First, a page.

You Win: IBM Makes Power Blade Software Tiers Make Sense
April 7, 2008 Timothy Prickett Morgan
In late January, when IBM announced delivered i5/OS V6R1 for the System i platform, now known as i 6.1 for the Power Systems platform, the company also announced that it would support that operating system on the four-core Power6-based JS22 blade server for the BladeCenter chassis. This was great, except for one thing: IBM put the JS22 in the P20 software tier.
As you might imagine, despite the substantial computing performance embodied in the JS22 blade, which has four 4.7 GHz Power6 cores and which I estimate to have between 3,800 CPWs and 14,500 CPWs of OS/400, i5/OS, and i performance (depending on how many cores on the blade have the i 6.1 operating system running on them), the fact that IBM’s first blade server supporting the i-class operating system was in the P20 software tier made it basically inappropriate for most of the small and medium businesses that like the i-class of operating systems. Based on CPWs alone, IBM could have made the fourth core in the blade bump it up into the P30 tier, so it could have been worse.
Back in February, when I analyzed IBM’s Power blade strategy in the wake of the i5/OS V6R1 announcement and the impending JS22 general availability date, I said that IBM needed to launch a JS12 blade with one core activated that is priced in the P05 tier and like the 515 user-priced server and a JS12 blade with two cores activated that is in the P10 tier and is priced like the 525 machine. (I had heard rumors about the JS12 and JS22 blades before they were launched, and you read about that in this newsletter, of course.)
As it turns out–and I am happy to report–IBM has done one better than I asked. You will notice in the Power 520, Power 550, and JS12 hardware roundup elsewhere in this issue (see Power6 Chips Get i Support in New Entry and Blade Machines) that IBM has indeed launched a dual-core JS12 machine, but even with both cores activated it is still only in the P05 software tier for i-class operating systems. That is as low as it goes, and that is pretty good for a machine that will be rated at 3,900 CPWs for that single core and maybe 7,500 CPWs for both cores. (Those are estimates, since IBM does not yet have official CPW performance ratings out for the JS12 or the JS22 blades.)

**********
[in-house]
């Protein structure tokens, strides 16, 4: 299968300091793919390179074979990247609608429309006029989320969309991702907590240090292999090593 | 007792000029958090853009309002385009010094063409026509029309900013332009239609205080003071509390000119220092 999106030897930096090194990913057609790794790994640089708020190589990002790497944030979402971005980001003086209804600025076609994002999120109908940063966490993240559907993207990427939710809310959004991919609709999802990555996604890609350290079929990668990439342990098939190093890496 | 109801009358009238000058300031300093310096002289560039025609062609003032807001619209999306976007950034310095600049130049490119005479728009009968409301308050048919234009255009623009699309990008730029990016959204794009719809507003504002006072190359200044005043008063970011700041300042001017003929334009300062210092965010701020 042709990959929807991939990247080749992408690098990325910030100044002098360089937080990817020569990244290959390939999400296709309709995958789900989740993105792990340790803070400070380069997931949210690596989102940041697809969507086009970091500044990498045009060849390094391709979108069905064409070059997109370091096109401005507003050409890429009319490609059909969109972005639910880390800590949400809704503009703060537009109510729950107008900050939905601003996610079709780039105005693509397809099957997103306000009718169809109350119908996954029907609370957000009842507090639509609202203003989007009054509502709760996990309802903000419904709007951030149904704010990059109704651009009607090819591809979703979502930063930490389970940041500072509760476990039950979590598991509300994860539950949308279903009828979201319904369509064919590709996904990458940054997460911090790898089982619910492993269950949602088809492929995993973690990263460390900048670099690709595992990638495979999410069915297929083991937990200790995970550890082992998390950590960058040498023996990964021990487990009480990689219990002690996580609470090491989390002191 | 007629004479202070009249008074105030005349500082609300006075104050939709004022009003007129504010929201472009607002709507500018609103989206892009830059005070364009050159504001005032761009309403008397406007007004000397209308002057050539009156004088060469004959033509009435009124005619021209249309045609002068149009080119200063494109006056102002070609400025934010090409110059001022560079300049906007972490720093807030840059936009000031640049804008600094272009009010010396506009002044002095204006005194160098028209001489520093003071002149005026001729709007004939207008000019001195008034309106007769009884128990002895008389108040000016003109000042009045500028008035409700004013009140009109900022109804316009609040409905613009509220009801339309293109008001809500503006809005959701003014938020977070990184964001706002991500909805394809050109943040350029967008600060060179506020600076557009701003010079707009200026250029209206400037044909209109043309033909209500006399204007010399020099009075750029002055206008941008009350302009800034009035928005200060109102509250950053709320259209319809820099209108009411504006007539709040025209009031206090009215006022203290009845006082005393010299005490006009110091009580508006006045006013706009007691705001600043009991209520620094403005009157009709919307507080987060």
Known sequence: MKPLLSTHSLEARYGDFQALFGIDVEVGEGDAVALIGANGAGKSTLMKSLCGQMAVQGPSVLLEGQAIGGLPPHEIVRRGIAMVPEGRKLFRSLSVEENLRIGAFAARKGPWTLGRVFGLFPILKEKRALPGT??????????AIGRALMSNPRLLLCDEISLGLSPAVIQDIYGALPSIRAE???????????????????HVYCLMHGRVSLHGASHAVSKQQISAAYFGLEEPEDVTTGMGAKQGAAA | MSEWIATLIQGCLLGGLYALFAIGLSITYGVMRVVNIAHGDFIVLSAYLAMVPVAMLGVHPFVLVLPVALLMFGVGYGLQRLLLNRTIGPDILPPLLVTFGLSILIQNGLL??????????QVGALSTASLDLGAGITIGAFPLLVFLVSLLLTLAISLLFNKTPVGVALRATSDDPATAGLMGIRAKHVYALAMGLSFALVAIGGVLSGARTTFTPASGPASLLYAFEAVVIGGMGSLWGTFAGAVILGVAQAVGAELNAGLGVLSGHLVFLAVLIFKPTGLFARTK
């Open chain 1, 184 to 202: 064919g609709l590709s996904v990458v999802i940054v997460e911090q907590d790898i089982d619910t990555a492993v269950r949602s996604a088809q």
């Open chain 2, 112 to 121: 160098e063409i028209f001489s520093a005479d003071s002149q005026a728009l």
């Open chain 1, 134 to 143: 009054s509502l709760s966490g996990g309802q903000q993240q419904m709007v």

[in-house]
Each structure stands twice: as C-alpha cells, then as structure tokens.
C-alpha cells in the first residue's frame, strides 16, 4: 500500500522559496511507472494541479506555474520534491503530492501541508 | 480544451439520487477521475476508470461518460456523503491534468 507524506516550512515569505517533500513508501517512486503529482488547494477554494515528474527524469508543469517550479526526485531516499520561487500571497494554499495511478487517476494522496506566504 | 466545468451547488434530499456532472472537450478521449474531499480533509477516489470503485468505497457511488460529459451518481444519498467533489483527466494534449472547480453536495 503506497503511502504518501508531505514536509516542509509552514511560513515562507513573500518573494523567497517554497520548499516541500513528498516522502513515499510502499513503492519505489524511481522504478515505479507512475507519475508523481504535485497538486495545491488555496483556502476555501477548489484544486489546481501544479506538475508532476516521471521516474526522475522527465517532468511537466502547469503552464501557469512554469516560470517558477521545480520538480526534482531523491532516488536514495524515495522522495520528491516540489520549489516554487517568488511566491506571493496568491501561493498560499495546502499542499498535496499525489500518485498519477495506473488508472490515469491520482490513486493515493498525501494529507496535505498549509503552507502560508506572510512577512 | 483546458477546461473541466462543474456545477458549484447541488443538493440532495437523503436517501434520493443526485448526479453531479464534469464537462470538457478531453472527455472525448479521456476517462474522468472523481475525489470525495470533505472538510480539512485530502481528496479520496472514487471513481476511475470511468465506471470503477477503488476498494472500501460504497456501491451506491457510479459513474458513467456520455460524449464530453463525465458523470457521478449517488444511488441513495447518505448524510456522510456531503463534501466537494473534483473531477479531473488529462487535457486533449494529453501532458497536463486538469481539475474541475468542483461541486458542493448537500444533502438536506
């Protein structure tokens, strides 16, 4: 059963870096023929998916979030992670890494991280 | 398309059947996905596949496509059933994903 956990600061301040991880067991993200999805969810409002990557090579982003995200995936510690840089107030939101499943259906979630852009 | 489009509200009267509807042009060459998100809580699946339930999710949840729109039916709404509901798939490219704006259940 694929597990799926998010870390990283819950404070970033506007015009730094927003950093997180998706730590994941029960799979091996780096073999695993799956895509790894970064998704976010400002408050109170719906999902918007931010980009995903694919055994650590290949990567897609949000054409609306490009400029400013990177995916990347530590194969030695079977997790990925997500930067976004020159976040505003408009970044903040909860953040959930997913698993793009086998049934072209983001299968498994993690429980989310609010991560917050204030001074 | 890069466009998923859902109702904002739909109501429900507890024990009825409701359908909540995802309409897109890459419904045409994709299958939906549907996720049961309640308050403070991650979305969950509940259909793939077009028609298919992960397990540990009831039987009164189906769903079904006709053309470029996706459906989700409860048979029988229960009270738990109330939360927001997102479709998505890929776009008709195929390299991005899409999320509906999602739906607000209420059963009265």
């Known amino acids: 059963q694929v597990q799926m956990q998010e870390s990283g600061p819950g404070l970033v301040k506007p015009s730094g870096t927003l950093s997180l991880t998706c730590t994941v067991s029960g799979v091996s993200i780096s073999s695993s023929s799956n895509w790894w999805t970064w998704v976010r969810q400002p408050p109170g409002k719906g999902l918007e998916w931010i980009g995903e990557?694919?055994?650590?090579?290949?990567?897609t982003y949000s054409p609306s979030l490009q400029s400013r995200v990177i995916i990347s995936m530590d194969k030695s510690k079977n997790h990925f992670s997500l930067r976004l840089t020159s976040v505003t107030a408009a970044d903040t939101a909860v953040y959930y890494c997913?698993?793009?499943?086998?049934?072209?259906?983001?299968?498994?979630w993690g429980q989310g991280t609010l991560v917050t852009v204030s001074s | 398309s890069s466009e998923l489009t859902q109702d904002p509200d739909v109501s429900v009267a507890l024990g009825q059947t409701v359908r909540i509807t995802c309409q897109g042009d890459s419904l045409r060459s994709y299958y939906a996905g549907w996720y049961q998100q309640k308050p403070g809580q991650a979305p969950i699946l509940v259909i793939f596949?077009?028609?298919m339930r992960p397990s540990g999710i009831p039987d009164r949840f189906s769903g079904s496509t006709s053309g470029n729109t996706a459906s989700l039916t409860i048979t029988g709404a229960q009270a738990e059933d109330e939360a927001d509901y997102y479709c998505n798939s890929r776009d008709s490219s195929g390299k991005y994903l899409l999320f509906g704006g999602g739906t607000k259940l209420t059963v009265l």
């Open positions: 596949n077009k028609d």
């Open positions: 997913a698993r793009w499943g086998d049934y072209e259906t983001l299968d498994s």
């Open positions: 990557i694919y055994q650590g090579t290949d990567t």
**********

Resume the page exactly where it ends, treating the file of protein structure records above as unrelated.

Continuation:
But here is the really good news. After what must have been a lot of complaints from customers who are eager to move to blades but who are not going to do so unless the software tiers are attractive, IBM has quietly moved the JS22 blade server from the P20 to the P10 software tier. What that means is that a rack or tower Power 520 machine and a JS12 blade (all with two Power6 cores) have the exact same P05 software tier. (Granted, the blade does not have quite as much oomph, but that is a thermal issue and well within reason.) And now a four-core JS22 blade is in the P10 software tier, just about where I expect a future four-core Power 520 machine to end up. (The Power 520 scales up to four cores today–and has since January–in the AIX and Linux Edition variants of the box, and there is no way it will not on the i Editions in the future. Remember, we are all one big happy family now. . . . ) A four-core Power 550 is in the P20 tier, just like the JS22 used to be, and that is justified because of the expansion embodied in the Power 550 server and the fact that is can actually scale to eight Power6 cores, which it does in the AIX and Linux Editions.
Good move, IBM, on the JS12 and the rejiggering of software groups on the JS22. If you had not crimped the core counts on the Power 520 and the Power 550 servers, you would have had the trifecta. All I know is that this product line looks–on first pass–a lot better than the System i line. I will be assessing that in the coming weeks to make sure this is indeed the case.